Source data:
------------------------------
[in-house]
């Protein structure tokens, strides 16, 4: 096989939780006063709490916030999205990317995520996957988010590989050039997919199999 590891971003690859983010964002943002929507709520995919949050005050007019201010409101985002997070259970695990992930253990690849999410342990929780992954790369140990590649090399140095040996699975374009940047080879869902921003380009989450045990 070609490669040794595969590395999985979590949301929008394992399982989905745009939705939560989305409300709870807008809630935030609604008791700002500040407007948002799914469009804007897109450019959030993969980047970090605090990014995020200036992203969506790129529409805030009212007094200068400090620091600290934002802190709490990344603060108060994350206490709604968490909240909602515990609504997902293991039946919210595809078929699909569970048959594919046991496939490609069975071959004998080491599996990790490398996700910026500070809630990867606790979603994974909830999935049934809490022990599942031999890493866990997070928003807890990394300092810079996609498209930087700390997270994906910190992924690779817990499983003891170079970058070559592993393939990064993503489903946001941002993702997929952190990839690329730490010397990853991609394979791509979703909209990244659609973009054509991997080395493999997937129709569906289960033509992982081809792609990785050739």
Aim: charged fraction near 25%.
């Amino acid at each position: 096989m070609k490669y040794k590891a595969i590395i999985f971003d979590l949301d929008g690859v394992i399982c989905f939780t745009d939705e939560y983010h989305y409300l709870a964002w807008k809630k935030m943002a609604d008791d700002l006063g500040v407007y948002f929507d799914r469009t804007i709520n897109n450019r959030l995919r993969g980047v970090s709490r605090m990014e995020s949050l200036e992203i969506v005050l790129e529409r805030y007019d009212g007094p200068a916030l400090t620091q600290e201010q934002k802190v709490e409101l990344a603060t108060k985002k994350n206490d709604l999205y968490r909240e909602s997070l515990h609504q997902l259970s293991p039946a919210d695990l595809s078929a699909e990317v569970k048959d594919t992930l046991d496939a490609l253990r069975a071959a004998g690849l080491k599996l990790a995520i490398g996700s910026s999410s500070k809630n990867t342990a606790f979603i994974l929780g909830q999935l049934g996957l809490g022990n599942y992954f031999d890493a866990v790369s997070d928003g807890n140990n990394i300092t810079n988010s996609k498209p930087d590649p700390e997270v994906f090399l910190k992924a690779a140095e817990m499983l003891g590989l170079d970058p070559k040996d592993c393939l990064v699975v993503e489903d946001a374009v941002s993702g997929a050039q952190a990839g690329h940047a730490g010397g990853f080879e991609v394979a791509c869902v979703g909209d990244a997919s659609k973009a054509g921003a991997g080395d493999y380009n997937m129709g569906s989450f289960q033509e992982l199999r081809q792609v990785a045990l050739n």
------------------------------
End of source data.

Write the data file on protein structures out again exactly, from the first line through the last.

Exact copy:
[in-house]
């Protein structure tokens, strides 16, 4: 096989939780006063709490916030999205990317995520996957988010590989050039997919199999 590891971003690859983010964002943002929507709520995919949050005050007019201010409101985002997070259970695990992930253990690849999410342990929780992954790369140990590649090399140095040996699975374009940047080879869902921003380009989450045990 070609490669040794595969590395999985979590949301929008394992399982989905745009939705939560989305409300709870807008809630935030609604008791700002500040407007948002799914469009804007897109450019959030993969980047970090605090990014995020200036992203969506790129529409805030009212007094200068400090620091600290934002802190709490990344603060108060994350206490709604968490909240909602515990609504997902293991039946919210595809078929699909569970048959594919046991496939490609069975071959004998080491599996990790490398996700910026500070809630990867606790979603994974909830999935049934809490022990599942031999890493866990997070928003807890990394300092810079996609498209930087700390997270994906910190992924690779817990499983003891170079970058070559592993393939990064993503489903946001941002993702997929952190990839690329730490010397990853991609394979791509979703909209990244659609973009054509991997080395493999997937129709569906289960033509992982081809792609990785050739």
Aim: charged fraction near 25%.
């Amino acid at each position: 096989m070609k490669y040794k590891a595969i590395i999985f971003d979590l949301d929008g690859v394992i399982c989905f939780t745009d939705e939560y983010h989305y409300l709870a964002w807008k809630k935030m943002a609604d008791d700002l006063g500040v407007y948002f929507d799914r469009t804007i709520n897109n450019r959030l995919r993969g980047v970090s709490r605090m990014e995020s949050l200036e992203i969506v005050l790129e529409r805030y007019d009212g007094p200068a916030l400090t620091q600290e201010q934002k802190v709490e409101l990344a603060t108060k985002k994350n206490d709604l999205y968490r909240e909602s997070l515990h609504q997902l259970s293991p039946a919210d695990l595809s078929a699909e990317v569970k048959d594919t992930l046991d496939a490609l253990r069975a071959a004998g690849l080491k599996l990790a995520i490398g996700s910026s999410s500070k809630n990867t342990a606790f979603i994974l929780g909830q999935l049934g996957l809490g022990n599942y992954f031999d890493a866990v790369s997070d928003g807890n140990n990394i300092t810079n988010s996609k498209p930087d590649p700390e997270v994906f090399l910190k992924a690779a140095e817990m499983l003891g590989l170079d970058p070559k040996d592993c393939l990064v699975v993503e489903d946001a374009v941002s993702g997929a050039q952190a990839g690329h940047a730490g010397g990853f080879e991609v394979a791509c869902v979703g909209d990244a997919s659609k973009a054509g921003a991997g080395d493999y380009n997937m129709g569906s989450f289960q033509e992982l199999r081809q792609v990785a045990l050739n």